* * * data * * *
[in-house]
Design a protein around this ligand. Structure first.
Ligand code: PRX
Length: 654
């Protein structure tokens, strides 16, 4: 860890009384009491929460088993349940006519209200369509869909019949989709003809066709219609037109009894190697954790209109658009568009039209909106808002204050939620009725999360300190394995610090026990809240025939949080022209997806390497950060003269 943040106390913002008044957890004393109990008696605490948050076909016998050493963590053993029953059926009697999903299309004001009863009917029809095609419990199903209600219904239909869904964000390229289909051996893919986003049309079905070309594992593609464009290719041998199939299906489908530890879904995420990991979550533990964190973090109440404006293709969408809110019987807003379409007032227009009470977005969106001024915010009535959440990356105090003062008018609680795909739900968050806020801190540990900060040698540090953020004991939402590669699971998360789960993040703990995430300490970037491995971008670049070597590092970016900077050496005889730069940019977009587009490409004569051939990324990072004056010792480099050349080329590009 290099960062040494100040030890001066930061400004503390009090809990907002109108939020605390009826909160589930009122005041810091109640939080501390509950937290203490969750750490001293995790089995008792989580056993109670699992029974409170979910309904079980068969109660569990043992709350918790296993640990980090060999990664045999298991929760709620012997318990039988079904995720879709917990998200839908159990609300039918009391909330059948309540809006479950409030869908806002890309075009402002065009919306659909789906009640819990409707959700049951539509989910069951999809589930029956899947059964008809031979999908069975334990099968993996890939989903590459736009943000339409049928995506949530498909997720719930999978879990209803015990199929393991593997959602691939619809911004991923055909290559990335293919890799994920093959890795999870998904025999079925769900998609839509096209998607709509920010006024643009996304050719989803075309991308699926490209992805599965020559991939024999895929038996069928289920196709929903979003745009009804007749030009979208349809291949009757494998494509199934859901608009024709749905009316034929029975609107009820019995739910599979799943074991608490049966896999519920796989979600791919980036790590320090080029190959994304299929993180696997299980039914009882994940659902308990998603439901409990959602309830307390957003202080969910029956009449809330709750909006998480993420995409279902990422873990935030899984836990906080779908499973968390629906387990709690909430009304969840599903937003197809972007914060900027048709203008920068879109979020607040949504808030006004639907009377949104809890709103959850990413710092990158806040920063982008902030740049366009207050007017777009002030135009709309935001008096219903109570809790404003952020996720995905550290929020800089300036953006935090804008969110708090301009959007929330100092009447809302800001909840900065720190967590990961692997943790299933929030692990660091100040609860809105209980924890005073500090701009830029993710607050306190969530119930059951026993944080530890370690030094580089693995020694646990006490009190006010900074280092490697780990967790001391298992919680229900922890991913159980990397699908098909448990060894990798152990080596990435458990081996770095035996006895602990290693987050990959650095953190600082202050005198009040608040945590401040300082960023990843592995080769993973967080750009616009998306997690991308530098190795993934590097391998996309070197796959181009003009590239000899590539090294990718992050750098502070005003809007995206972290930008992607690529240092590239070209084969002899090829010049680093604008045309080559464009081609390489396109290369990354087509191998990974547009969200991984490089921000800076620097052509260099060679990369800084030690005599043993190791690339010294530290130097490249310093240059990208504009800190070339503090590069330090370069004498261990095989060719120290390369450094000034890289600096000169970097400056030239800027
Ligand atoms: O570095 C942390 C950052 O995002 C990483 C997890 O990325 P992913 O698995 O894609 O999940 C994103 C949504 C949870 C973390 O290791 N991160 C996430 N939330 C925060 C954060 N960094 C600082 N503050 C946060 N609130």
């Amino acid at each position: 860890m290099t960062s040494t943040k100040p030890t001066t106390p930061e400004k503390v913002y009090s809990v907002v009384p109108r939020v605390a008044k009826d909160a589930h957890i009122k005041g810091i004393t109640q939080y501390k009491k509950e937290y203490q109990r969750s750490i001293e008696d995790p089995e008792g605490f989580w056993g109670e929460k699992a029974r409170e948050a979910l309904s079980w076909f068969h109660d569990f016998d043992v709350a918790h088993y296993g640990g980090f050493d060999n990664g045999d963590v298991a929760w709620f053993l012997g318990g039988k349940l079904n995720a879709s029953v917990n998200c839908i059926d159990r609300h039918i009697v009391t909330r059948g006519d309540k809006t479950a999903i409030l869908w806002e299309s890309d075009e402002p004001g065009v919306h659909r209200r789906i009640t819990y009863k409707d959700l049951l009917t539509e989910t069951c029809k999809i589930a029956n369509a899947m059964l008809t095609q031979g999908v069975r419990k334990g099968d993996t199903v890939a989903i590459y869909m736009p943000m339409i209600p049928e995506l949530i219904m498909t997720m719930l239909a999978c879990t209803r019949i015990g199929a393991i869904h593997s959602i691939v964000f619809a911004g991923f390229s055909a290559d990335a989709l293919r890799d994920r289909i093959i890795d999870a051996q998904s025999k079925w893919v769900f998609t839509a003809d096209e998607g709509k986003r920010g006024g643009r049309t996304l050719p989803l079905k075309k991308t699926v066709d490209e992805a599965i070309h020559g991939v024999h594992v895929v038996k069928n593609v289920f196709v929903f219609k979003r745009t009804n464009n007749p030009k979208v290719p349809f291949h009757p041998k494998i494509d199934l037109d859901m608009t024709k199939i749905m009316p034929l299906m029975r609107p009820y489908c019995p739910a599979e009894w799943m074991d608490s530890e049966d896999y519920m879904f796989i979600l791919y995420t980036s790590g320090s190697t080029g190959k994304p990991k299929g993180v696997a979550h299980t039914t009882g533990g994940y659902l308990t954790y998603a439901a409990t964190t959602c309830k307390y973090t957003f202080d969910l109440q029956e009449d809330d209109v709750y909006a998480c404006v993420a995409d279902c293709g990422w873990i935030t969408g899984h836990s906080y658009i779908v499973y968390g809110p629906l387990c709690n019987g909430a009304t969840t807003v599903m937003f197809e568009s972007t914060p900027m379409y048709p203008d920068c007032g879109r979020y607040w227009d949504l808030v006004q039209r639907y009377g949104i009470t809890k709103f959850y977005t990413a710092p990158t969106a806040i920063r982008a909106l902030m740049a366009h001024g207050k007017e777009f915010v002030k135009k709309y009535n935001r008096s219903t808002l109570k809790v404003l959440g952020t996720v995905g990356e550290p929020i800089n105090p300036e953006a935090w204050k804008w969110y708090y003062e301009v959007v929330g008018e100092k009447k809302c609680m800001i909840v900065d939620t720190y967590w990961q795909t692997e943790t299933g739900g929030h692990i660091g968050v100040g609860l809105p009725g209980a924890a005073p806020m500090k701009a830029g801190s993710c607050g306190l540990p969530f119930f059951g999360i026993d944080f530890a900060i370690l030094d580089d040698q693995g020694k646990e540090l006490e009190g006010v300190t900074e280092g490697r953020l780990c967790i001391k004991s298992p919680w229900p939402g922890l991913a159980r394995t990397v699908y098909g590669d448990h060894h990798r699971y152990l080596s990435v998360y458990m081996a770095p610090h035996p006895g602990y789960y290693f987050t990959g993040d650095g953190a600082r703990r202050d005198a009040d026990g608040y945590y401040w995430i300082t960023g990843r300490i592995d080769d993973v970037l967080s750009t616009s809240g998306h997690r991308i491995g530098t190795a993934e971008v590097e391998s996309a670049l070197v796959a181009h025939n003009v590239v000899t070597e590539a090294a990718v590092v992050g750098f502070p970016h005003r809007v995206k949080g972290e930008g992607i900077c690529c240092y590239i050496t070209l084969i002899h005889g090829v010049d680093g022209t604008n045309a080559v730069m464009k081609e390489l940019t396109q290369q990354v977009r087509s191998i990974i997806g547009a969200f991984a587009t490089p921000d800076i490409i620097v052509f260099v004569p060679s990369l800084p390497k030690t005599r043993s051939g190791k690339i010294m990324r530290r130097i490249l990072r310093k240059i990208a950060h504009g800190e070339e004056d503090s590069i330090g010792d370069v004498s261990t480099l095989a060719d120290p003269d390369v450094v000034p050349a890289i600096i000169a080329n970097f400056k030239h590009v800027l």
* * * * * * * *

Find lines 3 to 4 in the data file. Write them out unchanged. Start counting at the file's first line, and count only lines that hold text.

Ligand code: PRX
Length: 654